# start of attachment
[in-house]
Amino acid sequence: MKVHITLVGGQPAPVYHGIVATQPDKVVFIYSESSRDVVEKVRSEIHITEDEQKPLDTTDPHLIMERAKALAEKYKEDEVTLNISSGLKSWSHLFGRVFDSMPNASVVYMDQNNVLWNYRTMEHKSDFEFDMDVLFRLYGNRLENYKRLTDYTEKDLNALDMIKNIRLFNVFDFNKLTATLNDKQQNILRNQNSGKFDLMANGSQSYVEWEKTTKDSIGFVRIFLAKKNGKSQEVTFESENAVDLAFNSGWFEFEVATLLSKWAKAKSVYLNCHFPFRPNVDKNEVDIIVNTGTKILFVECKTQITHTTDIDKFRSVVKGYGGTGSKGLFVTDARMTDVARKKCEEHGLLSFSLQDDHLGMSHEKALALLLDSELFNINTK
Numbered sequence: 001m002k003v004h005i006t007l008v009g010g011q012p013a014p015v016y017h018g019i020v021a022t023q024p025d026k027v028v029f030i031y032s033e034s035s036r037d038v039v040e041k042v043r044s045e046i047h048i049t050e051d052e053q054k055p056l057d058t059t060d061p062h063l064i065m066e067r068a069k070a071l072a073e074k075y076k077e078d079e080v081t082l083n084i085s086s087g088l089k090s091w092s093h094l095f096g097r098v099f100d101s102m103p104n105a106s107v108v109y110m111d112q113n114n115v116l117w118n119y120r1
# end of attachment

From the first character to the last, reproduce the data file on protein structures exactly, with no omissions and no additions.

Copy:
[in-house]
Amino acid sequence: MKVHITLVGGQPAPVYHGIVATQPDKVVFIYSESSRDVVEKVRSEIHITEDEQKPLDTTDPHLIMERAKALAEKYKEDEVTLNISSGLKSWSHLFGRVFDSMPNASVVYMDQNNVLWNYRTMEHKSDFEFDMDVLFRLYGNRLENYKRLTDYTEKDLNALDMIKNIRLFNVFDFNKLTATLNDKQQNILRNQNSGKFDLMANGSQSYVEWEKTTKDSIGFVRIFLAKKNGKSQEVTFESENAVDLAFNSGWFEFEVATLLSKWAKAKSVYLNCHFPFRPNVDKNEVDIIVNTGTKILFVECKTQITHTTDIDKFRSVVKGYGGTGSKGLFVTDARMTDVARKKCEEHGLLSFSLQDDHLGMSHEKALALLLDSELFNINTK
Numbered sequence: 001m002k003v004h005i006t007l008v009g010g011q012p013a014p015v016y017h018g019i020v021a022t023q024p025d026k027v028v029f030i031y032s033e034s035s036r037d038v039v040e041k042v043r044s045e046i047h048i049t050e051d052e053q054k055p056l057d058t059t060d061p062h063l064i065m066e067r068a069k070a071l072a073e074k075y076k077e078d079e080v081t082l083n084i085s086s087g088l089k090s091w092s093h094l095f096g097r098v099f100d101s102m103p104n105a106s107v108v109y110m111d112q113n114n115v116l117w118n119y120r1